Fail intelligently

Culture  Learning
08 July, 2024

“Good” failures yield new knowledge and learnings, paving the path to eventual success. Are you making the most of your missteps?

I was recently advising a bold entrepreneur who was determined to expand into new product categories at breakneck speed. Fuelled by the wild success of their initial products, the company was itching to roll out new offerings in uncharted spaces. However, these new products were not differentiated enough. The company attempted to replicate its previous marketing playbook, not realising that the game was different in these new categories. As a result, the company faced multiple setbacks, leaving the team bewildered about which opportunities to pursue and which ones to let go.

Fail fast, fail often” is an oft-repeated cliché, especially in the world of start-ups. This makes it seem like learning from failure is a straightforward process. When you or your team fail, the common advice is to just identify what went wrong, avoid making the same mistake in the future and move on.

As it turns out, that may not be the wisest way to approach failure.

To begin with, not all failures are equal. While some are bad, others may be inevitable or even desirable. Moreover, gleaning the right lessons from failure isn’t quite as simple as we might think.

In fact, learning from failure is even harder than failure itself. We are ashamed of being wrong. We tend to blame others, go into denial or hide from our mistakes. The reality, though, is that any foray into new opportunities will lead to some form of failure.  While failure is hard, it is a reality and crucial to our growth & development. We need to learn how to fail intelligently.

Noted Harvard Business School Professor Amy Edmondson delves into this topic brilliantly in her book, Right Kind of Wrong: Why Learning to Fail Can Teach Us to Thrive. As Edmondson notes:

The attitudes and activities required to effectively detect and analyze failures are in short supply in most companies…. Organizations need new and better ways to go beyond lessons that are superficial (“Procedures weren’t followed”) or self-serving (“The market just wasn’t ready for our great new product”).

This week, my message focuses on failing intelligently. How can we respond to organizational failure in a better, more constructive way? How can we harness our missteps to fuel greater success?

The blame game is one of the biggest barriers to learning from failure. To admit defeat is to admit fault: this is a lesson most of us are taught early in life, and it tends to stick with us. On the other side, leaders struggle with the question of how to assign blame and consequences. If nobody is held responsible for failure, aren’t we in danger of creating a lax, free-for-all culture?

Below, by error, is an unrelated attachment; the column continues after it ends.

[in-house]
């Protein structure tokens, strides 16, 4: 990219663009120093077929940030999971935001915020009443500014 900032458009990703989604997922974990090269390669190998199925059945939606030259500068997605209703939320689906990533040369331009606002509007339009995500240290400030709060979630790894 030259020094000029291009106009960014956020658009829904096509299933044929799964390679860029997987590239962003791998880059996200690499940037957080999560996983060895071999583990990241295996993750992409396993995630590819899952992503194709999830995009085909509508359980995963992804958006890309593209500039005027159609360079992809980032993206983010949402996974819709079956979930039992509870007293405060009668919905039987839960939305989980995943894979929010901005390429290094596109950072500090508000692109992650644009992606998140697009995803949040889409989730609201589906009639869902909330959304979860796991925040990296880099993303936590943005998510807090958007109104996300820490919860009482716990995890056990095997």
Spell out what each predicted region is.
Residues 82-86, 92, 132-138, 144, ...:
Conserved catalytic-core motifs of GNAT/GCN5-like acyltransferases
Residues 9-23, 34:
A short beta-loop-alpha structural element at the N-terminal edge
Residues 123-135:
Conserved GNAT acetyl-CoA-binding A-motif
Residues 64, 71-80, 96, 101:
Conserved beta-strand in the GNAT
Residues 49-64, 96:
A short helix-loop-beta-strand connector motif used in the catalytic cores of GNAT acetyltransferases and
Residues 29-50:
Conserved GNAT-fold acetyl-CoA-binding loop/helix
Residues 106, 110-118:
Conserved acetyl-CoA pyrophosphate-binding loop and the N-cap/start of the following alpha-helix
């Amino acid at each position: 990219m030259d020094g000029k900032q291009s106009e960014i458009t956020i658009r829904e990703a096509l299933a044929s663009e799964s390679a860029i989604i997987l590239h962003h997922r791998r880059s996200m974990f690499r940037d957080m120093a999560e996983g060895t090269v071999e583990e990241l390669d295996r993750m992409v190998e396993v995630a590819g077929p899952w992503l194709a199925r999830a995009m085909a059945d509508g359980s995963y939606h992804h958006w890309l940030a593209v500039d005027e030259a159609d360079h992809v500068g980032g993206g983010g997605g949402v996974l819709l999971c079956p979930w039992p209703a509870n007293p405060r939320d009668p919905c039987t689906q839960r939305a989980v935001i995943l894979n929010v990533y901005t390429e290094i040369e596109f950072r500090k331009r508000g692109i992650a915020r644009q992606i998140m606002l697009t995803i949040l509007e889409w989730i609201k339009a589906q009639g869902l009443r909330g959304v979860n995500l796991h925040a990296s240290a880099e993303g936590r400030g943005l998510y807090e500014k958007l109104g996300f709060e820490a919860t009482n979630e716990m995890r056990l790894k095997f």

This is why it’s so difficult to create a psychologically safe workplace where failures can be acknowledged freely and without fear. With the blame game at play, it’s no surprise that setbacks of all stripes tend to get swept under the carpet.

Not all failures are alike

We tend to lump failures together, viewing them as uniformly negative experiences to be avoided at all costs. However, some failures are better than others because they eventually propel us to success.

Edmondson, who has studied the psychology of failure for three decades, separates organizational missteps into three categories:

  • Basic — arising from human error, negligence or inability. These “bad” failures are preventable.
  • Complex — arising from ambiguity or interdependence. These “inevitable” failures can be anticipated and mitigated.
  • Intelligent — arising from exploration, experimentation or innovation. These “good” failures are desirable and should be encouraged.

In discussions with Edmondson, corporate executives said that only 2-5% of failures in their organization were genuinely blameworthy. However, they also noted that 70-90% of failures were still treated as blameworthy, regardless of the reason — a worrying gap indeed!

Essentially, this means that when failures do come to light, people are wrongly held responsible and (possibly) scapegoated. By extension, this also implies that we are learning the wrong lessons from failure.

Basic & complex failures

Basic failures can be curbed through training, support and smart solutions. A great example is the original ‘andon’ cord on the Toyota assembly line. Employees who spotted a problem were encouraged to pull the cord, which would slow down the manufacturing line and alert a supervisor to provide real-time assistance. If the defect couldn’t be fixed in under a minute, production was stopped until the problem was fully resolved.

Complex failures, meanwhile, spring from inherent unpredictability or a unique combination of factors. While such failures can be limited to an extent, they cannot be eliminated entirely. Rather, the focus should be on addressing small missteps as they occur, in order to avoid catastrophic failure down the line. An example would be a series of minor medical errors at a hospital. If overlooked, these could lead to a poor outcome for the patient. If tackled in time, their impact would be negligible.

Failing intelligently

Intelligent failures fall firmly in the praiseworthy category. Striking out for new horizons often results in undesirable outcomes. These failures occur because you are operating in unfamiliar, uncertain territory. In other words, if you never try, you’ll never know!

Various researchers, such as Sim Sitkin, Rita McGrath, along with Edmondson, have identified various criteria to define intelligent failures. These include: